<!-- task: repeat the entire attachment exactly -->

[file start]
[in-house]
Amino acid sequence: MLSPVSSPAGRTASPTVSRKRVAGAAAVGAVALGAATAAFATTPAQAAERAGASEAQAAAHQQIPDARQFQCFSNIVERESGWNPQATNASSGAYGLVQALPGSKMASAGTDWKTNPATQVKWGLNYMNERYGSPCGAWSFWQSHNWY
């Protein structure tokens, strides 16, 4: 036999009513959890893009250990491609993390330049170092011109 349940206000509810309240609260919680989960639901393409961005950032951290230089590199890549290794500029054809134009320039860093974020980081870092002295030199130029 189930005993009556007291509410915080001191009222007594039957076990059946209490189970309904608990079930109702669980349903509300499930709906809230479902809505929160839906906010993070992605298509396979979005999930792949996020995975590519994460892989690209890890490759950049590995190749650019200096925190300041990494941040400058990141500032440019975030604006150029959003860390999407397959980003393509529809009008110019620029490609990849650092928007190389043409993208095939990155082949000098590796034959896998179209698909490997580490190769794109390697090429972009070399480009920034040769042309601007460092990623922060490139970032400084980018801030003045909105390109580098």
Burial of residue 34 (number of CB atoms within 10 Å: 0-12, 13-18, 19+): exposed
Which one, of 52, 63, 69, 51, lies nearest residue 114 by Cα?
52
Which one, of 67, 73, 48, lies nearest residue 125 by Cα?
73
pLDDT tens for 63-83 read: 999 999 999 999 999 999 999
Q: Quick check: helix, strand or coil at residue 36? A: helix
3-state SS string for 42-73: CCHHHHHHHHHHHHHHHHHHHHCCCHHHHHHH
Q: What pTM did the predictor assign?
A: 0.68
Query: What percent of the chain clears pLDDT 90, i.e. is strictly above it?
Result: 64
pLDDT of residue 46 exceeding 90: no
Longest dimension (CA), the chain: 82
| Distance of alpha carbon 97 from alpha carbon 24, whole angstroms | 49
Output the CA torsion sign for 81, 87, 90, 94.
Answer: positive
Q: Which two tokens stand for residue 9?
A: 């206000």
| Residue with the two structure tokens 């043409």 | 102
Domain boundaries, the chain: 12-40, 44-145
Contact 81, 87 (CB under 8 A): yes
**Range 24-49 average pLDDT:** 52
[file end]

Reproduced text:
[in-house]
Amino acid sequence: MLSPVSSPAGRTASPTVSRKRVAGAAAVGAVALGAATAAFATTPAQAAERAGASEAQAAAHQQIPDARQFQCFSNIVERESGWNPQATNASSGAYGLVQALPGSKMASAGTDWKTNPATQVKWGLNYMNERYGSPCGAWSFWQSHNWY
């Protein structure tokens, strides 16, 4: 036999009513959890893009250990491609993390330049170092011109 349940206000509810309240609260919680989960639901393409961005950032951290230089590199890549290794500029054809134009320039860093974020980081870092002295030199130029 189930005993009556007291509410915080001191009222007594039957076990059946209490189970309904608990079930109702669980349903509300499930709906809230479902809505929160839906906010993070992605298509396979979005999930792949996020995975590519994460892989690209890890490759950049590995190749650019200096925190300041990494941040400058990141500032440019975030604006150029959003860390999407397959980003393509529809009008110019620029490609990849650092928007190389043409993208095939990155082949000098590796034959896998179209698909490997580490190769794109390697090429972009070399480009920034040769042309601007460092990623922060490139970032400084980018801030003045909105390109580098």
Burial of residue 34 (number of CB atoms within 10 Å: 0-12, 13-18, 19+): exposed
Which one, of 52, 63, 69, 51, lies nearest residue 114 by Cα?
52
Which one, of 67, 73, 48, lies nearest residue 125 by Cα?
73
pLDDT tens for 63-83 read: 999 999 999 999 999 999 999
Q: Quick check: helix, strand or coil at residue 36? A: helix
3-state SS string for 42-73: CCHHHHHHHHHHHHHHHHHHHHCCCHHHHHHH
Q: What pTM did the predictor assign?
A: 0.68
Query: What percent of the chain clears pLDDT 90, i.e. is strictly above it?
Result: 64
pLDDT of residue 46 exceeding 90: no
Longest dimension (CA), the chain: 82
| Distance of alpha carbon 97 from alpha carbon 24, whole angstroms | 49
Output the CA torsion sign for 81, 87, 90, 94.
Answer: positive
Q: Which two tokens stand for residue 9?
A: 């206000």
| Residue with the two structure tokens 């043409």 | 102
Domain boundaries, the chain: 12-40, 44-145
Contact 81, 87 (CB under 8 A): yes
**Range 24-49 average pLDDT:** 52